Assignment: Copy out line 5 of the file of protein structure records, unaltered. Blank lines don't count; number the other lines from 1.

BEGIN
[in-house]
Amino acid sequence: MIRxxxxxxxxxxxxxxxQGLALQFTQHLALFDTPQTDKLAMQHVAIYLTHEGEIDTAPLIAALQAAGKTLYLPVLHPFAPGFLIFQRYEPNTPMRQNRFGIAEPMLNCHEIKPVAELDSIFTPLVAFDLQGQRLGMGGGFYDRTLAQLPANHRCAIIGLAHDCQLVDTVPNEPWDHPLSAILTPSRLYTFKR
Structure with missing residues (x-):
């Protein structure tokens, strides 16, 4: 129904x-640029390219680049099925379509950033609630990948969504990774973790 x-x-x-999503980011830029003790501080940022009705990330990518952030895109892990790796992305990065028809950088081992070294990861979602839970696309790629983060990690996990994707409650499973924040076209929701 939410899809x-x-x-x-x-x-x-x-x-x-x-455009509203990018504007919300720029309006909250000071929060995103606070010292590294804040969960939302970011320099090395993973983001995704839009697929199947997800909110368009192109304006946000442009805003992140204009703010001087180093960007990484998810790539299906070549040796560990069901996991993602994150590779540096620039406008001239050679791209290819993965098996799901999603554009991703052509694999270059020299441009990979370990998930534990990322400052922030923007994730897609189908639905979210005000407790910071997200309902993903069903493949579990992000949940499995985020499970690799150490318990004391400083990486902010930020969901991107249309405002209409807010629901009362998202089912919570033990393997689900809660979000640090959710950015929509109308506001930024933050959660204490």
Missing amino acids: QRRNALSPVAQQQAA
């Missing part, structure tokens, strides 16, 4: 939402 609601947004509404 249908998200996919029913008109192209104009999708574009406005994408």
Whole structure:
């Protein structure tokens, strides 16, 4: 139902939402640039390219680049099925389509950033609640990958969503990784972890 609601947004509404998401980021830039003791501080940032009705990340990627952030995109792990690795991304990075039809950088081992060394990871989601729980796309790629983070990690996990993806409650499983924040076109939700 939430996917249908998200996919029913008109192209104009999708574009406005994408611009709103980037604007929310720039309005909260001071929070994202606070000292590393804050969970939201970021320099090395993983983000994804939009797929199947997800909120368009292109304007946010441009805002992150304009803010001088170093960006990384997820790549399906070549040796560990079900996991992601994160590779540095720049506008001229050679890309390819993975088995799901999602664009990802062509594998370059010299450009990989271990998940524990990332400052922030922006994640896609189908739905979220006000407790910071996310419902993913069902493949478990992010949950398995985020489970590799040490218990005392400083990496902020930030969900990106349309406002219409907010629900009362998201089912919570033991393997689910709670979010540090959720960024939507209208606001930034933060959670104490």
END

Missing amino acids: QRRNALSPVAQQQAA